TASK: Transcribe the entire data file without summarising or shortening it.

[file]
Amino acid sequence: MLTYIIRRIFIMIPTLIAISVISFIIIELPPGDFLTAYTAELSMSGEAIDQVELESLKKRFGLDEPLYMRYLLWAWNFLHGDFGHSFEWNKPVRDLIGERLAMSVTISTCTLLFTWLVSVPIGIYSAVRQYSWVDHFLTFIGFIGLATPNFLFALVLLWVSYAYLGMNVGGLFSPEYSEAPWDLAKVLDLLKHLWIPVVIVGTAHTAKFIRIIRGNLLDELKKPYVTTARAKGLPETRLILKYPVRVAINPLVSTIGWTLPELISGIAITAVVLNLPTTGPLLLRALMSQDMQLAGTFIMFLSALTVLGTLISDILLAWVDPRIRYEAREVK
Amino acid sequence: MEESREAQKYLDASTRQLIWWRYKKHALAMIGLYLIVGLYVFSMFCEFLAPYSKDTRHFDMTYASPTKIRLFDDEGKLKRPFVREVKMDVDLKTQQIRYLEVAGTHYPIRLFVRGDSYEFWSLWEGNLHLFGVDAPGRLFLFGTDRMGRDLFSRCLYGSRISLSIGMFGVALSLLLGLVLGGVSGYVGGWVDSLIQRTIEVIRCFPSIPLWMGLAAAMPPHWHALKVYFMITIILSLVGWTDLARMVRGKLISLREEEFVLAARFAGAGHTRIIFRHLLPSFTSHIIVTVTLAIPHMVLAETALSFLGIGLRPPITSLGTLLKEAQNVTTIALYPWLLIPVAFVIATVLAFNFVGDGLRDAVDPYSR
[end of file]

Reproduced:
Amino acid sequence: MLTYIIRRIFIMIPTLIAISVISFIIIELPPGDFLTAYTAELSMSGEAIDQVELESLKKRFGLDEPLYMRYLLWAWNFLHGDFGHSFEWNKPVRDLIGERLAMSVTISTCTLLFTWLVSVPIGIYSAVRQYSWVDHFLTFIGFIGLATPNFLFALVLLWVSYAYLGMNVGGLFSPEYSEAPWDLAKVLDLLKHLWIPVVIVGTAHTAKFIRIIRGNLLDELKKPYVTTARAKGLPETRLILKYPVRVAINPLVSTIGWTLPELISGIAITAVVLNLPTTGPLLLRALMSQDMQLAGTFIMFLSALTVLGTLISDILLAWVDPRIRYEAREVK
Amino acid sequence: MEESREAQKYLDASTRQLIWWRYKKHALAMIGLYLIVGLYVFSMFCEFLAPYSKDTRHFDMTYASPTKIRLFDDEGKLKRPFVREVKMDVDLKTQQIRYLEVAGTHYPIRLFVRGDSYEFWSLWEGNLHLFGVDAPGRLFLFGTDRMGRDLFSRCLYGSRISLSIGMFGVALSLLLGLVLGGVSGYVGGWVDSLIQRTIEVIRCFPSIPLWMGLAAAMPPHWHALKVYFMITIILSLVGWTDLARMVRGKLISLREEEFVLAARFAGAGHTRIIFRHLLPSFTSHIIVTVTLAIPHMVLAETALSFLGIGLRPPITSLGTLLKEAQNVTTIALYPWLLIPVAFVIATVLAFNFVGDGLRDAVDPYSR